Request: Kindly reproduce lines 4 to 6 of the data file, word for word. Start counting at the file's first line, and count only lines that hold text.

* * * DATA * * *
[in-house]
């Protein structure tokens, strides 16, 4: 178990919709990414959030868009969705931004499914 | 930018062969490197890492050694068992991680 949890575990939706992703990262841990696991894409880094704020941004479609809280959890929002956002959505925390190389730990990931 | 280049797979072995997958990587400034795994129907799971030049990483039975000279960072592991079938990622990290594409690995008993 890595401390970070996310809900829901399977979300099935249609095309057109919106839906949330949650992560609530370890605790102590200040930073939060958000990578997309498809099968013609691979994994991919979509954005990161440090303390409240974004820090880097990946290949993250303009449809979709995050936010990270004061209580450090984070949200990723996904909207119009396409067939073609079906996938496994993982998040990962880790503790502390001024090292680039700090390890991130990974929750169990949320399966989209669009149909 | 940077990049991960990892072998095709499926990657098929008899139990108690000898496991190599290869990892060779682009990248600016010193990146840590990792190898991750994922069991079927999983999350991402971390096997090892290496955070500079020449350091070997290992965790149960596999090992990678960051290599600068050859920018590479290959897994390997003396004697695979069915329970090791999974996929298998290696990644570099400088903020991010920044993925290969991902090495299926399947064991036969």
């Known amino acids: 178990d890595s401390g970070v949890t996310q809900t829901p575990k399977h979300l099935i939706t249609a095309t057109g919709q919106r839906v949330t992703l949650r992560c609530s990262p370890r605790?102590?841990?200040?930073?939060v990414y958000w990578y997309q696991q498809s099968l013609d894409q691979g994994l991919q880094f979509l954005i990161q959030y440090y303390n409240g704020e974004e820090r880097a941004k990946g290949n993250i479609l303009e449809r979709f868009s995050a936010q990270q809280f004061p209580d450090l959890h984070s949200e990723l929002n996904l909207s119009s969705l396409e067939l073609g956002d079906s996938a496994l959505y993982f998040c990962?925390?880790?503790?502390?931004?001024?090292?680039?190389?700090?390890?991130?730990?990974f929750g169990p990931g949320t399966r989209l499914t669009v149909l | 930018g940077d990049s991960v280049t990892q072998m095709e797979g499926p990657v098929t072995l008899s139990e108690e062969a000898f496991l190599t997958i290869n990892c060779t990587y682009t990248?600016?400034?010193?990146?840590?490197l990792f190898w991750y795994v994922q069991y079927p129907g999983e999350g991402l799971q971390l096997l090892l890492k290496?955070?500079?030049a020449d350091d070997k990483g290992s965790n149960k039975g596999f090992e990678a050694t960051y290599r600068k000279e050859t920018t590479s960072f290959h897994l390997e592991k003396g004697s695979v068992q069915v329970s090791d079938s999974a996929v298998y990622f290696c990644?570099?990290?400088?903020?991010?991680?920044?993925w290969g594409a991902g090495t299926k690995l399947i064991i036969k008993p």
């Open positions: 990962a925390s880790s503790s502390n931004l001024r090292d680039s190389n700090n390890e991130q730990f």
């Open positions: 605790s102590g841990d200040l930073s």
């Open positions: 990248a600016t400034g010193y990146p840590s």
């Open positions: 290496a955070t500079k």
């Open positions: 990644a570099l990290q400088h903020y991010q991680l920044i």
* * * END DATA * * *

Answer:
């Open positions: 990962a925390s880790s503790s502390n931004l001024r090292d680039s190389n700090n390890e991130q730990f």
């Open positions: 605790s102590g841990d200040l930073s």
């Open positions: 990248a600016t400034g010193y990146p840590s």